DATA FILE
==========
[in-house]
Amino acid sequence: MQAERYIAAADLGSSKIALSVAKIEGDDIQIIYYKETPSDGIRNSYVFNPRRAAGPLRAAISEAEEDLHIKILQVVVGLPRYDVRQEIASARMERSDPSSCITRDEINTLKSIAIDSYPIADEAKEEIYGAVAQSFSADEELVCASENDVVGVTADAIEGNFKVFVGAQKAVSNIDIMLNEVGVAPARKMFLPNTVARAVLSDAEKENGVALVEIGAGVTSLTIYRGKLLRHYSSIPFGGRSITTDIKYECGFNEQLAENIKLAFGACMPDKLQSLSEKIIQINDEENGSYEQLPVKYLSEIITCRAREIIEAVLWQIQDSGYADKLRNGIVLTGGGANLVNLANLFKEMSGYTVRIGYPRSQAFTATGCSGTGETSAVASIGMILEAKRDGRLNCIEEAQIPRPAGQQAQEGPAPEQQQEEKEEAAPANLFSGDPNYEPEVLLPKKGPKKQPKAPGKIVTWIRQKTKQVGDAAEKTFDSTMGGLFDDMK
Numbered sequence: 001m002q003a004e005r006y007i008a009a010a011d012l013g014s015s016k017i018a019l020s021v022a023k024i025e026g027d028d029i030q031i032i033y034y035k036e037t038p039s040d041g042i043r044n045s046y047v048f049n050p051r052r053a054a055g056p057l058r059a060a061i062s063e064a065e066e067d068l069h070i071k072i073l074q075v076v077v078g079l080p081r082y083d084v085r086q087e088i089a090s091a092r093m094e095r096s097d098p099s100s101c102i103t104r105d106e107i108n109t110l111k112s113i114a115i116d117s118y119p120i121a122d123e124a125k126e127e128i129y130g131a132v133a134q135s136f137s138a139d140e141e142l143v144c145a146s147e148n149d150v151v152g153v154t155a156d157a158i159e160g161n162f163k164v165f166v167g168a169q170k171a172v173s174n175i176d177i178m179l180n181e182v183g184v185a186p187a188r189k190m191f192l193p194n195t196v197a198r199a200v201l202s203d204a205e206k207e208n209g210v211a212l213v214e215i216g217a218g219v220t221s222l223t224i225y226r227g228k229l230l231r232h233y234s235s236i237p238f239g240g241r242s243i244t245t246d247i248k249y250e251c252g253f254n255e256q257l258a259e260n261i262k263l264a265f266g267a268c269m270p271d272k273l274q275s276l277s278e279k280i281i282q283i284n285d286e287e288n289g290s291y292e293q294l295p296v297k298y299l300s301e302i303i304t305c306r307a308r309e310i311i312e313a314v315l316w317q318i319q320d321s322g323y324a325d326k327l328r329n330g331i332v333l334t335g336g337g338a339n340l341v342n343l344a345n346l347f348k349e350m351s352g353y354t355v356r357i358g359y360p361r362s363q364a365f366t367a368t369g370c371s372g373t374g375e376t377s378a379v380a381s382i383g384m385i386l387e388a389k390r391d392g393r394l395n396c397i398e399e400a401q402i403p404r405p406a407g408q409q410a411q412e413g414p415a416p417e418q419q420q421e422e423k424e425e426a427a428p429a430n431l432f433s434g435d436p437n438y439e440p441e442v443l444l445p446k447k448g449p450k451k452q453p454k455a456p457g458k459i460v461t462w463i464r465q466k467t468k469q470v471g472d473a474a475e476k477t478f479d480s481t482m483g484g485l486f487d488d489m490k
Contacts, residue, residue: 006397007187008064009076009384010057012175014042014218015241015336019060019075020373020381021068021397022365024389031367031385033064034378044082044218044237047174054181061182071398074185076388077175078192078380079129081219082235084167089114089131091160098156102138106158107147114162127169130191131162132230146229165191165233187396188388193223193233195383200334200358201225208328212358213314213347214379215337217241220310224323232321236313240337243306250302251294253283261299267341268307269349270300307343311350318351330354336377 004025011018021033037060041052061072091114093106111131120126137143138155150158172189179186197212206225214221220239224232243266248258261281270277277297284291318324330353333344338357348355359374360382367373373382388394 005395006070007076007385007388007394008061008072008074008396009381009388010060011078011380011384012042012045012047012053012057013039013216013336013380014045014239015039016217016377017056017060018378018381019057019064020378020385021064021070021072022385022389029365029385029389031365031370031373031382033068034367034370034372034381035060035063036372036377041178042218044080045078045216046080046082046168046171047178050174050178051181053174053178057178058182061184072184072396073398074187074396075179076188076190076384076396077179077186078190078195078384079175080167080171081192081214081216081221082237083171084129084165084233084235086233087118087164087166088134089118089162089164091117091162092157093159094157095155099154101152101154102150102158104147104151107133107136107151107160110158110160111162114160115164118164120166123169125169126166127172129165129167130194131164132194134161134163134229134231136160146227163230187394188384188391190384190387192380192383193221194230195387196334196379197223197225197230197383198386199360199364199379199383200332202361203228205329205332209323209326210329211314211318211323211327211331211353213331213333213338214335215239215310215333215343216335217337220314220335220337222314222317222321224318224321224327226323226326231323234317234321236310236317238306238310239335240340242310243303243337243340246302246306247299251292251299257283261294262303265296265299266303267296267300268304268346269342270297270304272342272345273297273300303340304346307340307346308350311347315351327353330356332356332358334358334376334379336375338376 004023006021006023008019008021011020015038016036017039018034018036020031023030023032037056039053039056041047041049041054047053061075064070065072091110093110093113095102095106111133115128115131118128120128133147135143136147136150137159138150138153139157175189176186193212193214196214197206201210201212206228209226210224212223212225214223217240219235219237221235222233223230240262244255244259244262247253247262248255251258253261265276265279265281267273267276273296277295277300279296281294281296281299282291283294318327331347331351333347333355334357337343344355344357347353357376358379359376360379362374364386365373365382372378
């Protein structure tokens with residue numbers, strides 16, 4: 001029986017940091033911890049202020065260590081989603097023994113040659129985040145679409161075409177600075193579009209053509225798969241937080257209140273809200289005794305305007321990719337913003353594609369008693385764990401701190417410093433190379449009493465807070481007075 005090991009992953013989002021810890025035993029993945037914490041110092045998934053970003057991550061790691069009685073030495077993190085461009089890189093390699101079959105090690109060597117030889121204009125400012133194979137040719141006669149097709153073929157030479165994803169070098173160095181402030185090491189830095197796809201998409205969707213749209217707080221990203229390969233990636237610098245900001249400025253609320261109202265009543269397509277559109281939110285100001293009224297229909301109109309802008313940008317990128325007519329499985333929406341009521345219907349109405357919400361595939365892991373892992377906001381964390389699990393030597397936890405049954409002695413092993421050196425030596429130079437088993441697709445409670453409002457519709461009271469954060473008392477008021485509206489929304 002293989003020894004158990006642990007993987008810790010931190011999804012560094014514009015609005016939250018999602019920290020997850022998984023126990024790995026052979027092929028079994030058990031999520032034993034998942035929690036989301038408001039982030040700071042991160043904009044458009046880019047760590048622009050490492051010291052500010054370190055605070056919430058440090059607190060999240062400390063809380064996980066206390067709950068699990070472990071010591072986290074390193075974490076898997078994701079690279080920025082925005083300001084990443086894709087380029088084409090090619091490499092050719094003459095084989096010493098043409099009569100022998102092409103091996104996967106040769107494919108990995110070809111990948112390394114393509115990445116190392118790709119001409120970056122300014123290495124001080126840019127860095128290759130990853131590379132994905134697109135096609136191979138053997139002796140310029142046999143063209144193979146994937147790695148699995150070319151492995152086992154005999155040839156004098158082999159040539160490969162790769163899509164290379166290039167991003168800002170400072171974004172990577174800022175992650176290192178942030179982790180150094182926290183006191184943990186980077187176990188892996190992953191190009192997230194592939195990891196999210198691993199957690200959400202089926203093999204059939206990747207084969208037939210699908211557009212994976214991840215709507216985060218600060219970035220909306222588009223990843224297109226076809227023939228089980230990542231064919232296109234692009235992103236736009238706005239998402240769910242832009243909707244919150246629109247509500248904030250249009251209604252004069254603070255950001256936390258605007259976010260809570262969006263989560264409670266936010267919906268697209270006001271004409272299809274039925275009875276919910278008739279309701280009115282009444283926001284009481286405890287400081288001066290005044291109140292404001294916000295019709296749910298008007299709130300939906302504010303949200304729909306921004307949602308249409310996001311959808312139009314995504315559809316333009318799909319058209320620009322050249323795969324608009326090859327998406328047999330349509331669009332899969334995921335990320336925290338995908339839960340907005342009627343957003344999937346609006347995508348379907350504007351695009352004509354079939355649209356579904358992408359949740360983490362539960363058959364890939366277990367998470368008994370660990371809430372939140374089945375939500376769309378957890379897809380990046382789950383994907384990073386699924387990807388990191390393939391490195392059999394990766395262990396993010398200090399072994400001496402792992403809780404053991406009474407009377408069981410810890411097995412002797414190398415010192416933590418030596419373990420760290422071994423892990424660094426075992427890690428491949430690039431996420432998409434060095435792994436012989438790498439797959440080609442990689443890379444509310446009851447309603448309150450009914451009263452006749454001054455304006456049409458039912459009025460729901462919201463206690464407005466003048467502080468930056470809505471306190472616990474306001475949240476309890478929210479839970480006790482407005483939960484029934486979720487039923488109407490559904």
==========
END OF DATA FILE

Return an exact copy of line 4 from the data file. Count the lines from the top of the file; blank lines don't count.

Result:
Contacts, residue, residue: 006397007187008064009076009384010057012175014042014218015241015336019060019075020373020381021068021397022365024389031367031385033064034378044082044218044237047174054181061182071398074185076388077175078192078380079129081219082235084167089114089131091160098156102138106158107147114162127169130191131162132230146229165191165233187396188388193223193233195383200334200358201225208328212358213314213347214379215337217241220310224323232321236313240337243306250302251294253283261299267341268307269349270300307343311350318351330354336377 004025011018021033037060041052061072091114093106111131120126137143138155150158172189179186197212206225214221220239224232243266248258261281270277277297284291318324330353333344338357348355359374360382367373373382388394 005395006070007076007385007388007394008061008072008074008396009381009388010060011078011380011384012042012045012047012053012057013039013216013336013380014045014239015039016217016377017056017060018378018381019057019064020378020385021064021070021072022385022389029365029385029389031365031370031373031382033068034367034370034372034381035060035063036372036377041178042218044080045078045216046080046082046168046171047178050174050178051181053174053178057178058182061184072184072396073398074187074396075179076188076190076384076396077179077186078190078195078384079175080167080171081192081214081216081221082237083171084129084165084233084235086233087118087164087166088134089118089162089164091117091162092157093159094157095155099154101152101154102150102158104147104151107133107136107151107160110158110160111162114160115164118164120166123169125169126166127172129165129167130194131164132194134161134163134229134231136160146227163230187394188384188391190384190387192380192383193221194230195387196334196379197223197225197230197383198386199360199364199379199383200332202361203228205329205332209323209326210329211314211318211323211327211331211353213331213333213338214335215239215310215333215343216335217337220314220335220337222314222317222321224318224321224327226323226326231323234317234321236310236317238306238310239335240340242310243303243337243340246302246306247299251292251299257283261294262303265296265299266303267296267300268304268346269342270297270304272342272345273297273300303340304346307340307346308350311347315351327353330356332356332358334358334376334379336375338376 004023006021006023008019008021011020015038016036017039018034018036020031023030023032037056039053039056041047041049041054047053061075064070065072091110093110093113095102095106111133115128115131118128120128133147135143136147136150137159138150138153139157175189176186193212193214196214197206201210201212206228209226210224212223212225214223217240219235219237221235222233223230240262244255244259244262247253247262248255251258253261265276265279265281267273267276273296277295277300279296281294281296281299282291283294318327331347331351333347333355334357337343344355344357347353357376358379359376360379362374364386365373365382372378